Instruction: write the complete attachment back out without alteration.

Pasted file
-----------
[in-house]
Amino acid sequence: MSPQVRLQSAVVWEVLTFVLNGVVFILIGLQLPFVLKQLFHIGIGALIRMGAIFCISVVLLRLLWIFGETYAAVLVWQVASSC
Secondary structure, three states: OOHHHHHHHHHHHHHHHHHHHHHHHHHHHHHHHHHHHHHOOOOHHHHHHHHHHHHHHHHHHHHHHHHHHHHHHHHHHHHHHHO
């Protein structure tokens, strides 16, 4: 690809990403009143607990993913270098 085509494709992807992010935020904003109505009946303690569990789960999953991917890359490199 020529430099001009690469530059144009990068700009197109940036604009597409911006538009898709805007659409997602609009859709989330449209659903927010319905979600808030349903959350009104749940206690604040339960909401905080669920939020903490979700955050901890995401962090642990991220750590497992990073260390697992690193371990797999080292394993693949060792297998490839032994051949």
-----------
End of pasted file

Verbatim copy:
[in-house]
Amino acid sequence: MSPQVRLQSAVVWEVLTFVLNGVVFILIGLQLPFVLKQLFHIGIGALIRMGAIFCISVVLLRLLWIFGETYAAVLVWQVASSC
Secondary structure, three states: OOHHHHHHHHHHHHHHHHHHHHHHHHHHHHHHHHHHHHHOOOOHHHHHHHHHHHHHHHHHHHHHHHHHHHHHHHHHHHHHHHO
């Protein structure tokens, strides 16, 4: 690809990403009143607990993913270098 085509494709992807992010935020904003109505009946303690569990789960999953991917890359490199 020529430099001009690469530059144009990068700009197109940036604009597409911006538009898709805007659409997602609009859709989330449209659903927010319905979600808030349903959350009104749940206690604040339960909401905080669920939020903490979700955050901890995401962090642990991220750590497992990073260390697992690193371990797999080292394993693949060792297998490839032994051949």